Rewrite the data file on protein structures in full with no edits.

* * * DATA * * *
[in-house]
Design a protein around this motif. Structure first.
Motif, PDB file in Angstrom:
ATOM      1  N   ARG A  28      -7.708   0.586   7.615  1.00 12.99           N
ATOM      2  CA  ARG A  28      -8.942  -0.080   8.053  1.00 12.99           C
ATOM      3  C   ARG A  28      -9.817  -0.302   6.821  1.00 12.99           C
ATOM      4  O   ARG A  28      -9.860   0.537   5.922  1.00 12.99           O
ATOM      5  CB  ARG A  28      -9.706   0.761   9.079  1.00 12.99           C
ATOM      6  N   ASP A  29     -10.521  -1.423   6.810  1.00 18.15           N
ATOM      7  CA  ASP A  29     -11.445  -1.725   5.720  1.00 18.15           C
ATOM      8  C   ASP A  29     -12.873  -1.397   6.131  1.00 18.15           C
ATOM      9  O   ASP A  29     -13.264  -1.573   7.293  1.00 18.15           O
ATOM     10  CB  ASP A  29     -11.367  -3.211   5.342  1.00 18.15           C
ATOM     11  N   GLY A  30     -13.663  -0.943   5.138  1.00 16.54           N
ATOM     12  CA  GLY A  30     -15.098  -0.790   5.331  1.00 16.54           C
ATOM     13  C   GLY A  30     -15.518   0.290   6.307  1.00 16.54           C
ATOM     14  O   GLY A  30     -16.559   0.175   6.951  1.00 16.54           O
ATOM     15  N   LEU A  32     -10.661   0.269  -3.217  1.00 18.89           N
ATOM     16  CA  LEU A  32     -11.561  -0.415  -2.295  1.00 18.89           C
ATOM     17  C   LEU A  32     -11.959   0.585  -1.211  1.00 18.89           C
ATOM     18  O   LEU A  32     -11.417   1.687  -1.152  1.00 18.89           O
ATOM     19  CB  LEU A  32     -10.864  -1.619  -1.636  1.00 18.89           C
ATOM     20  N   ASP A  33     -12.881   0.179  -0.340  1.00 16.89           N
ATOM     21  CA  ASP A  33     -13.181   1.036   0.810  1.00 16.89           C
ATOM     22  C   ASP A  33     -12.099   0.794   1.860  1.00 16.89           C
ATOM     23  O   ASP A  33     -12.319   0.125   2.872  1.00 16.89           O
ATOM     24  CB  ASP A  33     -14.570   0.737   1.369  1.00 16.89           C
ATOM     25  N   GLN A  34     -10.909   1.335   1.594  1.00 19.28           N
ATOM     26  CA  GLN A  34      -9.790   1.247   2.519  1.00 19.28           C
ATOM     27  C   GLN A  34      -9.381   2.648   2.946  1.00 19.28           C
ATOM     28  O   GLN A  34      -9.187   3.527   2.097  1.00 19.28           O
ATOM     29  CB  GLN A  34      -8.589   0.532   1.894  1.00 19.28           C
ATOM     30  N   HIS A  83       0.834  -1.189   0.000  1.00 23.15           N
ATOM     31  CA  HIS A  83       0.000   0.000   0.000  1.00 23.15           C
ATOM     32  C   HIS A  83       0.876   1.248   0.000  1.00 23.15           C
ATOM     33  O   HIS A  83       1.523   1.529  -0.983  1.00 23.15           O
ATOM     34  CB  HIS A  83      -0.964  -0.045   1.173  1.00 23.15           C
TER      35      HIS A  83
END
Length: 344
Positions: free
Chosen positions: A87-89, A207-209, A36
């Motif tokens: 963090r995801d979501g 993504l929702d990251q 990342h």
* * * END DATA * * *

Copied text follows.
[in-house]
Design a protein around this motif. Structure first.
Motif, PDB file in Angstrom:
ATOM      1  N   ARG A  28      -7.708   0.586   7.615  1.00 12.99           N
ATOM      2  CA  ARG A  28      -8.942  -0.080   8.053  1.00 12.99           C
ATOM      3  C   ARG A  28      -9.817  -0.302   6.821  1.00 12.99           C
ATOM      4  O   ARG A  28      -9.860   0.537   5.922  1.00 12.99           O
ATOM      5  CB  ARG A  28      -9.706   0.761   9.079  1.00 12.99           C
ATOM      6  N   ASP A  29     -10.521  -1.423   6.810  1.00 18.15           N
ATOM      7  CA  ASP A  29     -11.445  -1.725   5.720  1.00 18.15           C
ATOM      8  C   ASP A  29     -12.873  -1.397   6.131  1.00 18.15           C
ATOM      9  O   ASP A  29     -13.264  -1.573   7.293  1.00 18.15           O
ATOM     10  CB  ASP A  29     -11.367  -3.211   5.342  1.00 18.15           C
ATOM     11  N   GLY A  30     -13.663  -0.943   5.138  1.00 16.54           N
ATOM     12  CA  GLY A  30     -15.098  -0.790   5.331  1.00 16.54           C
ATOM     13  C   GLY A  30     -15.518   0.290   6.307  1.00 16.54           C
ATOM     14  O   GLY A  30     -16.559   0.175   6.951  1.00 16.54           O
ATOM     15  N   LEU A  32     -10.661   0.269  -3.217  1.00 18.89           N
ATOM     16  CA  LEU A  32     -11.561  -0.415  -2.295  1.00 18.89           C
ATOM     17  C   LEU A  32     -11.959   0.585  -1.211  1.00 18.89           C
ATOM     18  O   LEU A  32     -11.417   1.687  -1.152  1.00 18.89           O
ATOM     19  CB  LEU A  32     -10.864  -1.619  -1.636  1.00 18.89           C
ATOM     20  N   ASP A  33     -12.881   0.179  -0.340  1.00 16.89           N
ATOM     21  CA  ASP A  33     -13.181   1.036   0.810  1.00 16.89           C
ATOM     22  C   ASP A  33     -12.099   0.794   1.860  1.00 16.89           C
ATOM     23  O   ASP A  33     -12.319   0.125   2.872  1.00 16.89           O
ATOM     24  CB  ASP A  33     -14.570   0.737   1.369  1.00 16.89           C
ATOM     25  N   GLN A  34     -10.909   1.335   1.594  1.00 19.28           N
ATOM     26  CA  GLN A  34      -9.790   1.247   2.519  1.00 19.28           C
ATOM     27  C   GLN A  34      -9.381   2.648   2.946  1.00 19.28           C
ATOM     28  O   GLN A  34      -9.187   3.527   2.097  1.00 19.28           O
ATOM     29  CB  GLN A  34      -8.589   0.532   1.894  1.00 19.28           C
ATOM     30  N   HIS A  83       0.834  -1.189   0.000  1.00 23.15           N
ATOM     31  CA  HIS A  83       0.000   0.000   0.000  1.00 23.15           C
ATOM     32  C   HIS A  83       0.876   1.248   0.000  1.00 23.15           C
ATOM     33  O   HIS A  83       1.523   1.529  -0.983  1.00 23.15           O
ATOM     34  CB  HIS A  83      -0.964  -0.045   1.173  1.00 23.15           C
TER      35      HIS A  83
END
Length: 344
Positions: free
Chosen positions: A87-89, A207-209, A36
């Motif tokens: 963090r995801d979501g 993504l929702d990251q 990342h």